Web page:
- Q: Is that why you don’t do a lot of CGI? - Uinterview
- A: We couldn’t afford to....
- Q: But it makes it more real and appeals to the viewer in some ways a lot better. Is that what you’re going to keep doing if, you know… - Uinterview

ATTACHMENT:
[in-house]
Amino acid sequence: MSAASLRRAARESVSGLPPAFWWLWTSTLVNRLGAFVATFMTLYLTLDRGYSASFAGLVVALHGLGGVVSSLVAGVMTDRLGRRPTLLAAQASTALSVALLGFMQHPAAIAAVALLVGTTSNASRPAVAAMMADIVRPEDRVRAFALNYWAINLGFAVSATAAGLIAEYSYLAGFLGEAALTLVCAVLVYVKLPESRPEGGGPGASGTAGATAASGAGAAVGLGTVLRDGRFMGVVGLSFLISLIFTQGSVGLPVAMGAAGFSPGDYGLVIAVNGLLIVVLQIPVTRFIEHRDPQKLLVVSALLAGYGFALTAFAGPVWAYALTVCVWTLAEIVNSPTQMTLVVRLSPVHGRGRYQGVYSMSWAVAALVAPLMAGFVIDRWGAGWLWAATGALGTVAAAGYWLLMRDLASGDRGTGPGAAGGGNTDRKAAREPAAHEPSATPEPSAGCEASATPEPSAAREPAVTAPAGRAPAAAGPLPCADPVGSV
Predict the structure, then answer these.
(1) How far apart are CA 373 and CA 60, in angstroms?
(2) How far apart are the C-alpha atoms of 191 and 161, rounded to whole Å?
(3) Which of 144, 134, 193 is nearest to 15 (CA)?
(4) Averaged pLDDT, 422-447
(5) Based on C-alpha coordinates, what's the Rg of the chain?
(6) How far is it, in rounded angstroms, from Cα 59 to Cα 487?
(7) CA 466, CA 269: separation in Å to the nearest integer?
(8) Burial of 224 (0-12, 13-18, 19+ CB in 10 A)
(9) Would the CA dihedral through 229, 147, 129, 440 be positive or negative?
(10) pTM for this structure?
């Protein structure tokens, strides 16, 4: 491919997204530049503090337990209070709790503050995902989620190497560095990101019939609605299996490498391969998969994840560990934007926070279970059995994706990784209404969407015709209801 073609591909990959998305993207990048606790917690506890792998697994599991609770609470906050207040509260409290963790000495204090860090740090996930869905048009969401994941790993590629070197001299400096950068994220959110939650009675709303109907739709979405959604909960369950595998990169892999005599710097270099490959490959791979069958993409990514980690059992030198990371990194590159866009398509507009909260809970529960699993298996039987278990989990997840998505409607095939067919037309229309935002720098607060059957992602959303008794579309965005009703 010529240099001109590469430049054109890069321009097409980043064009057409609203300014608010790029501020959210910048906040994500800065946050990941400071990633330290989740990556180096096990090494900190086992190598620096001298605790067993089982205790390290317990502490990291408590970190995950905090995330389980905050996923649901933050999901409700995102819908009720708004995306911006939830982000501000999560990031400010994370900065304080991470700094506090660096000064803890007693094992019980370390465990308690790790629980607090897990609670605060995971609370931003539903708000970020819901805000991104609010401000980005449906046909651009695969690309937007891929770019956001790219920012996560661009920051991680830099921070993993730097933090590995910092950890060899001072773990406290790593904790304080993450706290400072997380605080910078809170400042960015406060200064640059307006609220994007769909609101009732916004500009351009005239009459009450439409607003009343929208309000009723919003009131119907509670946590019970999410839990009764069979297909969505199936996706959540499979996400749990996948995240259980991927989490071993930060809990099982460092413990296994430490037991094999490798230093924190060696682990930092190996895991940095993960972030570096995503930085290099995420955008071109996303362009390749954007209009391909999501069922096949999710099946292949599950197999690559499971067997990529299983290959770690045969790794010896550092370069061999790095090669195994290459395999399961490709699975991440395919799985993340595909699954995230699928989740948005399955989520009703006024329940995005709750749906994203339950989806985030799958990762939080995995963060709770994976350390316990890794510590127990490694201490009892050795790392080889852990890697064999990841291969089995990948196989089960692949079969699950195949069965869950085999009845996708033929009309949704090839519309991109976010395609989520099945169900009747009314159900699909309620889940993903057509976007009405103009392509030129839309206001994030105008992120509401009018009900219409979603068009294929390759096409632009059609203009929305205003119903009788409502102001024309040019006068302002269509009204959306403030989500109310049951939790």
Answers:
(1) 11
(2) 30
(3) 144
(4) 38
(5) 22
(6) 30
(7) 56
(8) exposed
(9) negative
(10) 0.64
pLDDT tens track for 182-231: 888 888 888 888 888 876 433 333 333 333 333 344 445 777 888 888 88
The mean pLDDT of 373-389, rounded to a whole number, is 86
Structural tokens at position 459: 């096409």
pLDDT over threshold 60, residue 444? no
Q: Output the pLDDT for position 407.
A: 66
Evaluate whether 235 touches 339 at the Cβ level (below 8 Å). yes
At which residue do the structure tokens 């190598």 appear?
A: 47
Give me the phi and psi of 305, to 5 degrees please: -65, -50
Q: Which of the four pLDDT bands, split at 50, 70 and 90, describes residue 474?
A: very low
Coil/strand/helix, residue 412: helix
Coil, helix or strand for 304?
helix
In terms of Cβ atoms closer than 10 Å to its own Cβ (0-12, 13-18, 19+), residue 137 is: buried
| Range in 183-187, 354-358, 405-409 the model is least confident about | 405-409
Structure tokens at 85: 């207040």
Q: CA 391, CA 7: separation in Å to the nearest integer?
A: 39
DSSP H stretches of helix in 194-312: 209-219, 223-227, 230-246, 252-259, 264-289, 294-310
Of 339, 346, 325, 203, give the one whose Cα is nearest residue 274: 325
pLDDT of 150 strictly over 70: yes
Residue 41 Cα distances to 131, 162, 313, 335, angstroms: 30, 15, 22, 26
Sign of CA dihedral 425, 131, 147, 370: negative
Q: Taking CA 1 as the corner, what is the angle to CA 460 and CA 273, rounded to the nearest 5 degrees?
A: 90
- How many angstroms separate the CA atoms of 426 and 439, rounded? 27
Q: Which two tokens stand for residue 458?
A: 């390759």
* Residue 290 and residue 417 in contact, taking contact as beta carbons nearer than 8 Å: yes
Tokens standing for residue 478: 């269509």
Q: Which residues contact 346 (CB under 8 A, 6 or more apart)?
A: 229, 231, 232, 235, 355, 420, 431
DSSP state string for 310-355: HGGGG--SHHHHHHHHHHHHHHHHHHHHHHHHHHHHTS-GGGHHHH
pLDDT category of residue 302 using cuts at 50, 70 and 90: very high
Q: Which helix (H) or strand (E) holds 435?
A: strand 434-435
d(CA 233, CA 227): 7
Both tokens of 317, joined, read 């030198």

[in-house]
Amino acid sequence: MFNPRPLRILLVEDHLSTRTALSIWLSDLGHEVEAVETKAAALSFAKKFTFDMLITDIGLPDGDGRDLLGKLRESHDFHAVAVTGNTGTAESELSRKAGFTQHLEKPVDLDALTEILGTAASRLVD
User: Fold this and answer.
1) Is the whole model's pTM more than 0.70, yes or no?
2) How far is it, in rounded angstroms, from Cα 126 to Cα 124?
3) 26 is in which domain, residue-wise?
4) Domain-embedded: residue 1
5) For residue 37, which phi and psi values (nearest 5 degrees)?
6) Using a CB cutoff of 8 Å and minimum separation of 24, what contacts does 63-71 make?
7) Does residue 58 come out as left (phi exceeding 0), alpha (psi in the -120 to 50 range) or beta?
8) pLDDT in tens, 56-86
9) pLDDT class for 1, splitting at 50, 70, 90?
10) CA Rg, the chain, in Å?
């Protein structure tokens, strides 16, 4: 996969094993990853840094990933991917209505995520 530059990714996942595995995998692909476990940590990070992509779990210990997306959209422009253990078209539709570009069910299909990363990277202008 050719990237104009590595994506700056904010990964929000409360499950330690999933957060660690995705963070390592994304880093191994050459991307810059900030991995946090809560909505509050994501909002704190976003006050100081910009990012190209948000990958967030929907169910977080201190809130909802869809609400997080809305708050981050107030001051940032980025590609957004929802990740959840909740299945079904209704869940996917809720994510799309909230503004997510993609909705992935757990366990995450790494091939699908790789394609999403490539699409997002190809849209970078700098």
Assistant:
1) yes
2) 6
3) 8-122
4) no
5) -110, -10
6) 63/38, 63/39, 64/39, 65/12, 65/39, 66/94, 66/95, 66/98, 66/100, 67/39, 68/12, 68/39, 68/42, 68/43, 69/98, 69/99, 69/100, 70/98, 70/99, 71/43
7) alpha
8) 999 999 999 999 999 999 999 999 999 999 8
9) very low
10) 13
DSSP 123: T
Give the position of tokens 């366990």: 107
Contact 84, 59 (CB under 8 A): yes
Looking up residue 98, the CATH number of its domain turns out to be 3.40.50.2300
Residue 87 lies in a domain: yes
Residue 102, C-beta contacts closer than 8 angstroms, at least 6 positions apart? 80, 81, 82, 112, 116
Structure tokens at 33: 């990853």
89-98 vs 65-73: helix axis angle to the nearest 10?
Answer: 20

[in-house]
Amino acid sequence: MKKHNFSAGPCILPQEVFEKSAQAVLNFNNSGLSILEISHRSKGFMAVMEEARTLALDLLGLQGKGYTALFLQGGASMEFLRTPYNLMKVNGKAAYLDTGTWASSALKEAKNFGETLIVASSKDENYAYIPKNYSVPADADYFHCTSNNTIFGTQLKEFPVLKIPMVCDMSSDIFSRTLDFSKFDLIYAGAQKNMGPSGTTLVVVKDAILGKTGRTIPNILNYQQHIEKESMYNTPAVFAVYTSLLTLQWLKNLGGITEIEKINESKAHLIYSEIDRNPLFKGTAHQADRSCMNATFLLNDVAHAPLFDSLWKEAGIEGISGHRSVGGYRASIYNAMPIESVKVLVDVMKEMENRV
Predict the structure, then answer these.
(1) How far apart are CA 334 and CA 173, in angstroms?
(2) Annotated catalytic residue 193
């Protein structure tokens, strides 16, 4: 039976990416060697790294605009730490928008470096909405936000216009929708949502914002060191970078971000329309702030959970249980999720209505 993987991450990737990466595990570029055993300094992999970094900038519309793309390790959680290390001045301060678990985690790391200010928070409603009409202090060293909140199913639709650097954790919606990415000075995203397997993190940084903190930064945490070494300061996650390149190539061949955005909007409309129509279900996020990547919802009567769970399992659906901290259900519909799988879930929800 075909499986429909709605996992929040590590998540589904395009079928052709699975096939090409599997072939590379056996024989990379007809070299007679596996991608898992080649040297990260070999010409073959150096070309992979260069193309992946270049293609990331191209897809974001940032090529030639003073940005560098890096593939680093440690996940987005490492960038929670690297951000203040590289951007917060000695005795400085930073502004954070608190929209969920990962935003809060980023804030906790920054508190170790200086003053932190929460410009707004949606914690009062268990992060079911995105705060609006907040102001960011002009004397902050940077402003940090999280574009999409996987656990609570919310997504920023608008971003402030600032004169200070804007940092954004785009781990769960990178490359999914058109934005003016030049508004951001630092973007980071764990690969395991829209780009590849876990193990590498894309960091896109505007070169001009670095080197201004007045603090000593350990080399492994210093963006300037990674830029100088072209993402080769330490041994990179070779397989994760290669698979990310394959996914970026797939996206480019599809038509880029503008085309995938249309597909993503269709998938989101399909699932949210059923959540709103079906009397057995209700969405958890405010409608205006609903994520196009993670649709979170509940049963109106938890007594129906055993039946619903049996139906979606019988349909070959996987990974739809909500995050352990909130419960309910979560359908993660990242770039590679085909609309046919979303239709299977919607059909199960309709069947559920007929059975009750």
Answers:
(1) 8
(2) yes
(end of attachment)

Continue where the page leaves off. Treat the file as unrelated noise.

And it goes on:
- A: Allison: What? We suddenly get megabucks? Yeah, right. We are not a big budget. I would guess we’re about a quarter the budget of Supernatural. We were clear [from the beginning] that the ghosts were not just going to be CGI, like a person, like you were acting with a person, and you could see that person. I think that makes it easier to work with. But the ghosts are people. They’re not monsters. It’s a human story. They’re angry and upset about what’s happened to them. James: And that’s why [my character, Jed] can help them — whatever you want to call it —pass over, because there is some kind of redemption they can find, even if they are wanting to kill people. Allison: We were also clear that we didn’t want Jed to have a superpower. He has to deal with each ghost, and he doesn’t know how. When he first encounters one, he’s like, “How the hell do I get rid of this ghost?” There were times when we were writing it that we were cursing ourselves for making it so hard. And then we realized, maybe sometimes he doesn’t succeed. That makes it so much more interesting because, as an audience, you don’t know where that’s going to go. At the end of episode five, it’s really shocking, and really not what you expect at all. I thought that was really important that the power of the ghost or the power they’re building is such that he can’t always succeed.